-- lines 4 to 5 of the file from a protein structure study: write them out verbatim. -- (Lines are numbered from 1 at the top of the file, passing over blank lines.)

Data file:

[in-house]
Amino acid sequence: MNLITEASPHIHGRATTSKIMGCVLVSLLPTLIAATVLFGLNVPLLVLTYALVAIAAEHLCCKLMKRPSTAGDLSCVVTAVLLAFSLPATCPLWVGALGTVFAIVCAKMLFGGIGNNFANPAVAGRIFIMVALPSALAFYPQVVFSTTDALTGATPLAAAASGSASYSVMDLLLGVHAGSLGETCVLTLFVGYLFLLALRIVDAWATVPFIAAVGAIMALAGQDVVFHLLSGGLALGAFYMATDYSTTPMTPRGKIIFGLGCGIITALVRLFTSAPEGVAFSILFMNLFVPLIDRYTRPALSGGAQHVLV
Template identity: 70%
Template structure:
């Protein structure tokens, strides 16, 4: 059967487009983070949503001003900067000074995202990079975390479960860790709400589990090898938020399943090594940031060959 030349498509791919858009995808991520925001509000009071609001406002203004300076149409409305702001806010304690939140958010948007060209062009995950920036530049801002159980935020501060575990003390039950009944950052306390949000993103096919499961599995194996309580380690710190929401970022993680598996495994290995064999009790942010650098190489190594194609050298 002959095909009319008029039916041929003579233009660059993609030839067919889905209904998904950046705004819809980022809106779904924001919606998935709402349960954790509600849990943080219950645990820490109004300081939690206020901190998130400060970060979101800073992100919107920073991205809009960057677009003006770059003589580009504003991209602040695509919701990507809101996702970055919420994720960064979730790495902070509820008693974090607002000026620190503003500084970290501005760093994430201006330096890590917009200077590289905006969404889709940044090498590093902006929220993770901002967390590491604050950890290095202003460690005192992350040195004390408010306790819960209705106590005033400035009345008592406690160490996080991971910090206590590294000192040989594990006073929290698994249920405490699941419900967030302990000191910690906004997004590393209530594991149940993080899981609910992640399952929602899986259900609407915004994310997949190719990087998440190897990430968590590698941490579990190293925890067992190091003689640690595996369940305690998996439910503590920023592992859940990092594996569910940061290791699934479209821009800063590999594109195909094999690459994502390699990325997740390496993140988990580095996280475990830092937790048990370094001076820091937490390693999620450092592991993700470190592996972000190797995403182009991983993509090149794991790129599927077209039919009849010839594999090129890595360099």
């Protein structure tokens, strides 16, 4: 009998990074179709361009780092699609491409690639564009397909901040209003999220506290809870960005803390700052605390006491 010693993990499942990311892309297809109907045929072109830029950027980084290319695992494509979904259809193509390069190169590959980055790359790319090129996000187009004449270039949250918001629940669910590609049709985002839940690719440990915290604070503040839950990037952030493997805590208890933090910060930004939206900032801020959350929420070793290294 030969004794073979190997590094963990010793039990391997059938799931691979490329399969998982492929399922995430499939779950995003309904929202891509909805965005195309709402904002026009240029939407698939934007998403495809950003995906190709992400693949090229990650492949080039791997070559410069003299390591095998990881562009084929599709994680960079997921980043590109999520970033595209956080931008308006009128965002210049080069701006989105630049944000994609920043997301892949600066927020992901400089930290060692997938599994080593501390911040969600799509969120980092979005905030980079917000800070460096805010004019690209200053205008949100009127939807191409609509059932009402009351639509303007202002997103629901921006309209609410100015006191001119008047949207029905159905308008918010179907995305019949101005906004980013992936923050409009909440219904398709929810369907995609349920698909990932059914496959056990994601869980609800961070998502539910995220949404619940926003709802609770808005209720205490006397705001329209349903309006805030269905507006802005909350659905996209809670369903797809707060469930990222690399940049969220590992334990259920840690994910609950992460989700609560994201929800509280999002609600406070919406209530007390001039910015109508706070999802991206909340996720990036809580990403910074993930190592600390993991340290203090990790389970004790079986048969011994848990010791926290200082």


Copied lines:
Template structure:
């Protein structure tokens, strides 16, 4: 059967487009983070949503001003900067000074995202990079975390479960860790709400589990090898938020399943090594940031060959 030349498509791919858009995808991520925001509000009071609001406002203004300076149409409305702001806010304690939140958010948007060209062009995950920036530049801002159980935020501060575990003390039950009944950052306390949000993103096919499961599995194996309580380690710190929401970022993680598996495994290995064999009790942010650098190489190594194609050298 002959095909009319008029039916041929003579233009660059993609030839067919889905209904998904950046705004819809980022809106779904924001919606998935709402349960954790509600849990943080219950645990820490109004300081939690206020901190998130400060970060979101800073992100919107920073991205809009960057677009003006770059003589580009504003991209602040695509919701990507809101996702970055919420994720960064979730790495902070509820008693974090607002000026620190503003500084970290501005760093994430201006330096890590917009200077590289905006969404889709940044090498590093902006929220993770901002967390590491604050950890290095202003460690005192992350040195004390408010306790819960209705106590005033400035009345008592406690160490996080991971910090206590590294000192040989594990006073929290698994249920405490699941419900967030302990000191910690906004997004590393209530594991149940993080899981609910992640399952929602899986259900609407915004994310997949190719990087998440190897990430968590590698941490579990190293925890067992190091003689640690595996369940305690998996439910503590920023592992859940990092594996569910940061290791699934479209821009800063590999594109195909094999690459994502390699990325997740390496993140988990580095996280475990830092937790048990370094001076820091937490390693999620450092592991993700470190592996972000190797995403182009991983993509090149794991790129599927077209039919009849010839594999090129890595360099």